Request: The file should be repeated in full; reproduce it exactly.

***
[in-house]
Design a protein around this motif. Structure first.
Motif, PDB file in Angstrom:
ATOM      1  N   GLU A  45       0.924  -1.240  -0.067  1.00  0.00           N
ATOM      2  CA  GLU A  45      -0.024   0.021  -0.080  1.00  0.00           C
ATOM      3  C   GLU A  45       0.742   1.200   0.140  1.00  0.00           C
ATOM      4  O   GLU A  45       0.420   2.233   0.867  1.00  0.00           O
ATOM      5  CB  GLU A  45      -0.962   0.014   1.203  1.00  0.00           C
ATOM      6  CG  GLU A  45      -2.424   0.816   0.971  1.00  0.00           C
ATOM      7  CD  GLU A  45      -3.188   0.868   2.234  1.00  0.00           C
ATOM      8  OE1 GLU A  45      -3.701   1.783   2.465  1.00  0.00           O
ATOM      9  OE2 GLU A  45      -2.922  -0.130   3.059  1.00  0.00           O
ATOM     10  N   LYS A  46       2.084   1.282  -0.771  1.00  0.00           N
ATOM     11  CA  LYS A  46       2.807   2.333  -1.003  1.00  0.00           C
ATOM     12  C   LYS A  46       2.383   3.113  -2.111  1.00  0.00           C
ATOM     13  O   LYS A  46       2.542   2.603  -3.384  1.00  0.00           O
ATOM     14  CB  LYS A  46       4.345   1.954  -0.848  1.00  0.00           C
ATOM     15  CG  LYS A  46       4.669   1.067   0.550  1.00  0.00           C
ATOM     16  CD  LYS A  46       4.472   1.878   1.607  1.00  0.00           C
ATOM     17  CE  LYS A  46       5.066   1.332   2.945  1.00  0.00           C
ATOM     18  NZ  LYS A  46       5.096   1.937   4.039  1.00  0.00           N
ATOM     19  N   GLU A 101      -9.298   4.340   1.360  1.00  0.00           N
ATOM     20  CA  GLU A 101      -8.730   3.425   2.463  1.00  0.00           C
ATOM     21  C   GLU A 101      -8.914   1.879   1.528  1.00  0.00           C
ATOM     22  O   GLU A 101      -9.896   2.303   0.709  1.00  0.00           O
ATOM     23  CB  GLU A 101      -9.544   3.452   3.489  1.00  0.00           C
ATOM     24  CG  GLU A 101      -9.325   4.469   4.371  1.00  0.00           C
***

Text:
[in-house]
Design a protein around this motif. Structure first.
Motif, PDB file in Angstrom:
ATOM      1  N   GLU A  45       0.924  -1.240  -0.067  1.00  0.00           N
ATOM      2  CA  GLU A  45      -0.024   0.021  -0.080  1.00  0.00           C
ATOM      3  C   GLU A  45       0.742   1.200   0.140  1.00  0.00           C
ATOM      4  O   GLU A  45       0.420   2.233   0.867  1.00  0.00           O
ATOM      5  CB  GLU A  45      -0.962   0.014   1.203  1.00  0.00           C
ATOM      6  CG  GLU A  45      -2.424   0.816   0.971  1.00  0.00           C
ATOM      7  CD  GLU A  45      -3.188   0.868   2.234  1.00  0.00           C
ATOM      8  OE1 GLU A  45      -3.701   1.783   2.465  1.00  0.00           O
ATOM      9  OE2 GLU A  45      -2.922  -0.130   3.059  1.00  0.00           O
ATOM     10  N   LYS A  46       2.084   1.282  -0.771  1.00  0.00           N
ATOM     11  CA  LYS A  46       2.807   2.333  -1.003  1.00  0.00           C
ATOM     12  C   LYS A  46       2.383   3.113  -2.111  1.00  0.00           C
ATOM     13  O   LYS A  46       2.542   2.603  -3.384  1.00  0.00           O
ATOM     14  CB  LYS A  46       4.345   1.954  -0.848  1.00  0.00           C
ATOM     15  CG  LYS A  46       4.669   1.067   0.550  1.00  0.00           C
ATOM     16  CD  LYS A  46       4.472   1.878   1.607  1.00  0.00           C
ATOM     17  CE  LYS A  46       5.066   1.332   2.945  1.00  0.00           C
ATOM     18  NZ  LYS A  46       5.096   1.937   4.039  1.00  0.00           N
ATOM     19  N   GLU A 101      -9.298   4.340   1.360  1.00  0.00           N
ATOM     20  CA  GLU A 101      -8.730   3.425   2.463  1.00  0.00           C
ATOM     21  C   GLU A 101      -8.914   1.879   1.528  1.00  0.00           C
ATOM     22  O   GLU A 101      -9.896   2.303   0.709  1.00  0.00           O
ATOM     23  CB  GLU A 101      -9.544   3.452   3.489  1.00  0.00           C
ATOM     24  CG  GLU A 101      -9.325   4.469   4.371  1.00  0.00           C